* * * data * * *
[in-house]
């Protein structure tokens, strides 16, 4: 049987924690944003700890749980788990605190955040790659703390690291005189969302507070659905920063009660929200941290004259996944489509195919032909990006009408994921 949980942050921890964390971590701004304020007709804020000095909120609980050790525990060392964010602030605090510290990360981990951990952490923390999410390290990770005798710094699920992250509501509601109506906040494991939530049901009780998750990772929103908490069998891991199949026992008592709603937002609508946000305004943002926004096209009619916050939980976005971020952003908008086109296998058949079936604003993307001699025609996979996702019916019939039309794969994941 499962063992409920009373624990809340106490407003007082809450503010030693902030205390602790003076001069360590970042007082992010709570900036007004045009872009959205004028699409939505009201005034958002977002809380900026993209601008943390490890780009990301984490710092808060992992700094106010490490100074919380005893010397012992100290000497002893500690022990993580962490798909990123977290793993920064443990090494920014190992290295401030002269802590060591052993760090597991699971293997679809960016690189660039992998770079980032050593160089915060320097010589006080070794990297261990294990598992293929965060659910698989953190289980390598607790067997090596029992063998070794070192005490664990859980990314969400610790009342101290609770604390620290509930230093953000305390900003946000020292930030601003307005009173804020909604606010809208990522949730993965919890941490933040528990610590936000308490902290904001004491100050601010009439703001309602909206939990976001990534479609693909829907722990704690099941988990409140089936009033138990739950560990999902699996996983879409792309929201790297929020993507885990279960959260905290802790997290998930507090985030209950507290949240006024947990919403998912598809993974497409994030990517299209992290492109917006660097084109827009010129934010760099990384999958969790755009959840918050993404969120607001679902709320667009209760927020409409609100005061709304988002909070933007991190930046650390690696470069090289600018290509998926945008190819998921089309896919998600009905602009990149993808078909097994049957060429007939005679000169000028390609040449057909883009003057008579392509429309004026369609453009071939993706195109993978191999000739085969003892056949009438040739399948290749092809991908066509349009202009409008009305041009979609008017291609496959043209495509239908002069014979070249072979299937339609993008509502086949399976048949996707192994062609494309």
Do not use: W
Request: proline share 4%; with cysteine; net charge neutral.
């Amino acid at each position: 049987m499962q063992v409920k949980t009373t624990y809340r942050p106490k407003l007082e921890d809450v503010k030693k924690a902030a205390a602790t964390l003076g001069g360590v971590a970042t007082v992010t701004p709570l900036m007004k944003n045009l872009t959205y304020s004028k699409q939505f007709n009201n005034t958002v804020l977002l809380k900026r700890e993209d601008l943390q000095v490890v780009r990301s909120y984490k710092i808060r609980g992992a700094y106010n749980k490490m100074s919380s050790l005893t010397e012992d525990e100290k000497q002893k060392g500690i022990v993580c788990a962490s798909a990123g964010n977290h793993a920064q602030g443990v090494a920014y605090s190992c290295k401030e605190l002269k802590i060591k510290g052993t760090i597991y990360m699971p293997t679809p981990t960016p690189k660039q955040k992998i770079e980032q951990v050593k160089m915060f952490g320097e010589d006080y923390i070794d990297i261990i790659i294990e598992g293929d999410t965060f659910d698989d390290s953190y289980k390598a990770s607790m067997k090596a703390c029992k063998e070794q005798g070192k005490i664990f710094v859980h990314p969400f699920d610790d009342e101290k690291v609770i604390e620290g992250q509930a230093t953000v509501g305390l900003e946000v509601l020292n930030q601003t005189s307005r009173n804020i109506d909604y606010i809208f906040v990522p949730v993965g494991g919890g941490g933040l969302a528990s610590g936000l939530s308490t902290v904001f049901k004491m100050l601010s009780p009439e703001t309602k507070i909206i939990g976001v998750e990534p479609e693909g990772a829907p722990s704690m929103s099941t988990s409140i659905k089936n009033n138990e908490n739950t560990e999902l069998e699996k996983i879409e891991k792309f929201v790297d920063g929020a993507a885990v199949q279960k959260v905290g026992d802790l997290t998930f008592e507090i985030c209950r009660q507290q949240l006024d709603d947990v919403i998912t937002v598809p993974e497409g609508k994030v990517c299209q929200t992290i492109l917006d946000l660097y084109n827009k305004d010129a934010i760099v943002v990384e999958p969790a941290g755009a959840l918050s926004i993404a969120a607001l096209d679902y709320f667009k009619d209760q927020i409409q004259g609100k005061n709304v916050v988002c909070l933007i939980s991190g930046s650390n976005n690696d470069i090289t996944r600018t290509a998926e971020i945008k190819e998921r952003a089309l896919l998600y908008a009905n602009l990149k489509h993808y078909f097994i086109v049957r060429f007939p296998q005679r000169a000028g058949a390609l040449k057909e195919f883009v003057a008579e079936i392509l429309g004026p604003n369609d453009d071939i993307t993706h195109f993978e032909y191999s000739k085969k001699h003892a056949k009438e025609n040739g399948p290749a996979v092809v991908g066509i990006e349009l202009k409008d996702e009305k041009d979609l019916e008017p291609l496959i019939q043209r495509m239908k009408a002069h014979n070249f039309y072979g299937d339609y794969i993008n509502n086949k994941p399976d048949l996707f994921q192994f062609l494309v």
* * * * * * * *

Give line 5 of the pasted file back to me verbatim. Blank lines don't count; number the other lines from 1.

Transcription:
């Amino acid at each position: 049987m499962q063992v409920k949980t009373t624990y809340r942050p106490k407003l007082e921890d809450v503010k030693k924690a902030a205390a602790t964390l003076g001069g360590v971590a970042t007082v992010t701004p709570l900036m007004k944003n045009l872009t959205y304020s004028k699409q939505f007709n009201n005034t958002v804020l977002l809380k900026r700890e993209d601008l943390q000095v490890v780009r990301s909120y984490k710092i808060r609980g992992a700094y106010n749980k490490m100074s919380s050790l005893t010397e012992d525990e100290k000497q002893k060392g500690i022990v993580c788990a962490s798909a990123g964010n977290h793993a920064q602030g443990v090494a920014y605090s190992c290295k401030e605190l002269k802590i060591k510290g052993t760090i597991y990360m699971p293997t679809p981990t960016p690189k660039q955040k992998i770079e980032q951990v050593k160089m915060f952490g320097e010589d006080y923390i070794d990297i261990i790659i294990e598992g293929d999410t965060f659910d698989d390290s953190y289980k390598a990770s607790m067997k090596a703390c029992k063998e070794q005798g070192k005490i664990f710094v859980h990314p969400f699920d610790d009342e101290k690291v609770i604390e620290g992250q509930a230093t953000v509501g305390l900003e946000v509601l020292n930030q601003t005189s307005r009173n804020i109506d909604y606010i809208f906040v990522p949730v993965g494991g919890g941490g933040l969302a528990s610590g936000l939530s308490t902290v904001f049901k004491m100050l601010s009780p009439e703001t309602k507070i909206i939990g976001v998750e990534p479609e693909g990772a829907p722990s704690m929103s099941t988990s409140i659905k089936n009033n138990e908490n739950t560990e999902l069998e699996k996983i879409e891991k792309f929201v790297d920063g929020a993507a885990v199949q279960k959260v905290g026992d802790l997290t998930f008592e507090i985030c209950r009660q507290q949240l006024d709603d947990v919403i998912t937002v598809p993974e497409g609508k994030v990517c299209q929200t992290i492109l917006d946000l660097y084109n827009k305004d010129a934010i760099v943002v990384e999958p969790a941290g755009a959840l918050s926004i993404a969120a607001l096209d679902y709320f667009k009619d209760q927020i409409q004259g609100k005061n709304v916050v988002c909070l933007i939980s991190g930046s650390n976005n690696d470069i090289t996944r600018t290509a998926e971020i945008k190819e998921r952003a089309l896919l998600y908008a009905n602009l990149k489509h993808y078909f097994i086109v049957r060429f007939p296998q005679r000169a000028g058949a390609l040449k057909e195919f883009v003057a008579e079936i392509l429309g004026p604003n369609d453009d071939i993307t993706h195109f993978e032909y191999s000739k085969k001699h003892a056949k009438e025609n040739g399948p290749a996979v092809v991908g066509i990006e349009l202009k409008d996702e009305k041009d979609l019916e008017p291609l496959i019939q043209r495509m239908k009408a002069h014979n070249f039309y072979g299937d339609y794969i993008n509502n086949k994941p399976d048949l996707f994921q192994f062609l494309v």